Ammatoa: Local Wisdom from the Forest Conservation

Ali Jafar | CRCS | Wednesday Forum

AmmatoaMany of us know Ammatoans from general perspectives about them. Their traditional ways of life are fascinating. Indeed, if we watch TV programs about ethnicity or similar topic, Ammatoans are usually portrayed as a small community group who “still” believe in “animism” and hold rituals for forest conservation. In some religious programs on Indonesian television, Ammatoans are shown as Muslim who practice “syncretism” because they give offerings to the forest, mountains and lands. Indonesians have a lot of stereotypes about Ammatoans, but who they really are without judgmen? Concerning with these stereotypes of Ammatoans,   On Wednesday 16th September, Wednesday Forum of CRCS/ICRS presented Dr Samsul Maarif who had concerned his deep research in Ammatoans and said in otherwise fact.

Ma’arif has conducted his research about Ammatoans society for his dissertation. He lived with Ammatoans and discovered local wisdom of the Ammatoan in the forest conservation. Ma’arif explained that Ammatoans are a small community, no more than five thousand, who conserve the forest as religious practice. Their conservation was based on their belief that the relation between human being and the forest is inter-subjective relation. Ammatoans see that forest as subject like human.

The Ammatoans are the only indigenous community in Indonesia that have preserved their forests from outside exploitation. Ma’arif explained that Ammatoans have divided their lands into inner territory and outer territory in order to maintain their relationship with the forest. Public facilities, such as their school, mosque and clinic are placed in the outer territory, while they live in the inner territory. As their close relation to the forest, they have also divided the forest territory into three areas. The first area is conservation area or “Hutan Lindung” in which all use of the forest is forbidden for exploitation. The second area is “Battasaya”, where limited use is allowed, anyone who remove the tree, should plant another one. In the “Hutan Rakyat” or forest for exploitation, Ammatoan use the resource of this forest for their daily needs.

The closeness of Ammatoans to the forest is based on their cosmologic beliefs that the forest, the lands, and the mountain are no different from human beings. Persons entering the mutually reciprocal relationship are called “Rupanna” meaning face. There are also monsters who seek to destroy these relationships. In Ammatoans belief, the human relationship with forest is inter-subjective between one subject and another. Lands, mountains and forest are not objects to be exploited, they are also subject.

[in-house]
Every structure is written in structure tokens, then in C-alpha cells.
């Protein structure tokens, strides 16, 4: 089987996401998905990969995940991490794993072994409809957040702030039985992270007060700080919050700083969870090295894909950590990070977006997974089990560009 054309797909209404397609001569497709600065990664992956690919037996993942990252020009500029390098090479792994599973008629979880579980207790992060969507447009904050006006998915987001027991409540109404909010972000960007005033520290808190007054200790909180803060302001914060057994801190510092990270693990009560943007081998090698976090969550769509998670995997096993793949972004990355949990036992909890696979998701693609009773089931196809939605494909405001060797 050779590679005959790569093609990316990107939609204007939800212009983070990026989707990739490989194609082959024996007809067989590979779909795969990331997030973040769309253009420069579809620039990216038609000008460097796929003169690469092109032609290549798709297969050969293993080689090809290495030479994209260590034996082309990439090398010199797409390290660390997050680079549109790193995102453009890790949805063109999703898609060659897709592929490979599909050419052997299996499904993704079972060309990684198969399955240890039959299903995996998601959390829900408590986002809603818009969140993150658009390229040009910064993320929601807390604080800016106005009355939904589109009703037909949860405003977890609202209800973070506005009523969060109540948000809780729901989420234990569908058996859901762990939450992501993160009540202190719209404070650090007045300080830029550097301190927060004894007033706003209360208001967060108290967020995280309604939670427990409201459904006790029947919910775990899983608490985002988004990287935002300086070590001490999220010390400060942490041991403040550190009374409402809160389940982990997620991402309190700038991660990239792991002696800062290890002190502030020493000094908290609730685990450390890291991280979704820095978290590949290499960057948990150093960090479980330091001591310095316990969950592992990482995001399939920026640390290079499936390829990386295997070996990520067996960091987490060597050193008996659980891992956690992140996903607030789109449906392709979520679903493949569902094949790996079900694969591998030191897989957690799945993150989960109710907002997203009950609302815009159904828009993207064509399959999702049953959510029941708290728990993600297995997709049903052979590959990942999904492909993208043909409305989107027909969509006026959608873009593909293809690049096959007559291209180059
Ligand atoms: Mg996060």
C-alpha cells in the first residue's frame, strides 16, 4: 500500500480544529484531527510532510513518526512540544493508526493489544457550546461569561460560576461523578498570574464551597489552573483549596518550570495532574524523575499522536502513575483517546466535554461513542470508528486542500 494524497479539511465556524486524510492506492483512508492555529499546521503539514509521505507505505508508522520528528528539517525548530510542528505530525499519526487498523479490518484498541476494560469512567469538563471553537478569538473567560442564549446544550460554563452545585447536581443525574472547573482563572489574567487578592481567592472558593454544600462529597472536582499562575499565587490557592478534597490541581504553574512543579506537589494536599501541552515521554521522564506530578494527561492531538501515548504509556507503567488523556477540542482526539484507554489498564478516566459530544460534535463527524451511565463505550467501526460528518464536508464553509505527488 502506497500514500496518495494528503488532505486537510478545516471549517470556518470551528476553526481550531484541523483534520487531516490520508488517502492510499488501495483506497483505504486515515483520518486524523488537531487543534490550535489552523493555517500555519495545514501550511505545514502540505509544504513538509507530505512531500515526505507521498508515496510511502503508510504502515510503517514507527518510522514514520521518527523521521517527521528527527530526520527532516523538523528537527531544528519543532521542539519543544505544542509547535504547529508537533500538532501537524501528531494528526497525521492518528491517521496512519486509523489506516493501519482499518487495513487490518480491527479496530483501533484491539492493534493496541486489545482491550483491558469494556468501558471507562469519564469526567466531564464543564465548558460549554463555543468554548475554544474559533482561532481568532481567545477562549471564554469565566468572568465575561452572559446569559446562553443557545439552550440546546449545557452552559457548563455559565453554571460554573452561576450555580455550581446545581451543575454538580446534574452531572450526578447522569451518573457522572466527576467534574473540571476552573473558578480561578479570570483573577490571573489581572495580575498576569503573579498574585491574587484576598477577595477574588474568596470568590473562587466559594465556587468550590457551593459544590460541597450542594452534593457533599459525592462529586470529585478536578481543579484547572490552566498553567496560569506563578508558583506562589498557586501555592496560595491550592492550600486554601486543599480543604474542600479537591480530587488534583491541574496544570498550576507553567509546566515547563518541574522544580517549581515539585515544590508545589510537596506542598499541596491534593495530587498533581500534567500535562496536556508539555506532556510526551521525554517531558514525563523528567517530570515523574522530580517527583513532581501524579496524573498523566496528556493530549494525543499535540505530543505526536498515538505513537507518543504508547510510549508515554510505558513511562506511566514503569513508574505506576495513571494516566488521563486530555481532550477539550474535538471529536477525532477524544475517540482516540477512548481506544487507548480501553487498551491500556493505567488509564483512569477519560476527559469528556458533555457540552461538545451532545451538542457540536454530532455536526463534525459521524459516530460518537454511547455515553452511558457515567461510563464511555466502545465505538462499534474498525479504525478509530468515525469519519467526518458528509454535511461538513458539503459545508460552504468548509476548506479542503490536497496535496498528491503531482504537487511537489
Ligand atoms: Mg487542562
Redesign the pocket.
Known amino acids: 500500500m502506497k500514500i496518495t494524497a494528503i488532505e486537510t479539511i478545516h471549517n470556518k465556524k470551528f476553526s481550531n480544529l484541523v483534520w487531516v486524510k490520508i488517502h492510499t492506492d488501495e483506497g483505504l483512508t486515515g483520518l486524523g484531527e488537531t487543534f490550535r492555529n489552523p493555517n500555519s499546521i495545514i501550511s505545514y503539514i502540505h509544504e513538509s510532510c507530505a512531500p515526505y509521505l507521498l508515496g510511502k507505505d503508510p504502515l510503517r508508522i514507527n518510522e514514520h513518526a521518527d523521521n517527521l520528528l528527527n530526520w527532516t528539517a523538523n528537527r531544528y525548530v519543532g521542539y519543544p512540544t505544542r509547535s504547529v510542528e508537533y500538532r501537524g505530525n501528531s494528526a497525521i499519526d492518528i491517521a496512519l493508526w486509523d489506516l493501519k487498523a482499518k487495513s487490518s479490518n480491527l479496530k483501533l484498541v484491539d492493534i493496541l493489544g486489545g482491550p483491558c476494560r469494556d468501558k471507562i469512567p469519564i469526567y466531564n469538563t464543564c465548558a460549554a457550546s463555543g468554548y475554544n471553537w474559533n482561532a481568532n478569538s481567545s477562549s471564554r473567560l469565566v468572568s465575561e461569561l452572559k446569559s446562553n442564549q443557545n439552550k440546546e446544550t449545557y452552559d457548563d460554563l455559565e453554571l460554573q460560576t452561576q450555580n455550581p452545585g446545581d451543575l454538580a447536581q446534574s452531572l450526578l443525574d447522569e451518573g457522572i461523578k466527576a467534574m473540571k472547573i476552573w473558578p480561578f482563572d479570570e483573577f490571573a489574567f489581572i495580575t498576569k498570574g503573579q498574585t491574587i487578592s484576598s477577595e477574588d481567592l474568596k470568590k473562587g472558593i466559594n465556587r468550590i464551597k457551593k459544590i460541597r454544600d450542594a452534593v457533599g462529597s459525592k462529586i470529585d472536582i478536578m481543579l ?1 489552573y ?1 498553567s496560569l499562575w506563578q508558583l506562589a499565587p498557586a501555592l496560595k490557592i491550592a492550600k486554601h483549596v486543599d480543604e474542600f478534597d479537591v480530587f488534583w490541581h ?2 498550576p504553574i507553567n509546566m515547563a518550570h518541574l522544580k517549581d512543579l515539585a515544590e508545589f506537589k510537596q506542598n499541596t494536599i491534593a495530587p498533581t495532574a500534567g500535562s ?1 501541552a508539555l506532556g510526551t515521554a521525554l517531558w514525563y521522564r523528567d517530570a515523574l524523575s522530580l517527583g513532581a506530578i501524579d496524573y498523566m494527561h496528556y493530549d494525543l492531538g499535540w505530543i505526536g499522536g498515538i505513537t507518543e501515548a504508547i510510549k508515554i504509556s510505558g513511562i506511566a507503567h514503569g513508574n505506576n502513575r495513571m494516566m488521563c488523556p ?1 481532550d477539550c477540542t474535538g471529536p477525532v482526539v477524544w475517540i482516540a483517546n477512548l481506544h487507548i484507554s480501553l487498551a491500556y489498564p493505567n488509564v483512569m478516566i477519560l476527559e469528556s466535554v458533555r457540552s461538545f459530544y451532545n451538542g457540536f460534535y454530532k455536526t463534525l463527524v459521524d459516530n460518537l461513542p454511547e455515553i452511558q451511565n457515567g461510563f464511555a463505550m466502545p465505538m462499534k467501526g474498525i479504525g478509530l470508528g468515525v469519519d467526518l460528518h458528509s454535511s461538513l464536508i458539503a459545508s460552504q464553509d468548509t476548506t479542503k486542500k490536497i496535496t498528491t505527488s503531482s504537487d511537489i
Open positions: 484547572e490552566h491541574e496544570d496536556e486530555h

The inter-subjectivity also means that Ammatoans sacrifice, worship and offering over forest are to make sure that they are in communication each other. Forest conservation is engagement for mutually responsible relationship between persons. Humans are responsible for forest conservation. For Ammatoans, to gain is to share, and share is not only for human being but also for forest. In religious practice, lately Ammatoan have little bit different from their ancestors. It is because of outside influences.

Ammatoans have not totally resisted form outside influence like Islam and modernity. Although Ammatoans considered themselves Muslim, they practice Islam in the different ways. They give offering to the mountain, land and forest as their religious practice. Religion in Ammatoans belief is not only human relationship with god, but also understanding cosmos relation between persons. Ma’arif argued that there are verses in the Quran which can support this idea that non-humans are also persons capable of submission to Allah.  Despite their conversion to Islam and the intrusion of modernity, Ammatoan indigenous religion persists, and keeps doing it as an element of a hybrid cultural complex.

During the time for questions and comments, Ma’arif explained that Ammatoans are now struggling to protect forest conservation area from rubber companies and other outside forces that want to exploit their resources. Since the Ammatoans territory is getting smaller, they continue to adapt and reshape their outer and inner territory.

Related with the question about how Ammatoans understand disaster, Ma’arif answered it that in Ammatoan understanding, everything, including disasters, fertility and so on is interrelated. They believe in causality principle in which the coming of disaster such as flood and earthquake is because relationship needs to be restored.

Ma’arif has presented his research about Ammatoans three times in the Wednesday Forum, but his presentation still gets a lot of attention from the audiences who curious with Ammatoans wisdom in conserving the forest. In the next Wednesday Forum, CRCS/ICRS with Kampung Halaman foundation will present Karatagan Ciremai, a film about Sunda Wiwitan teenager. It also will present about Indonesian indigenous religion.

This post is also available in: Indonesian

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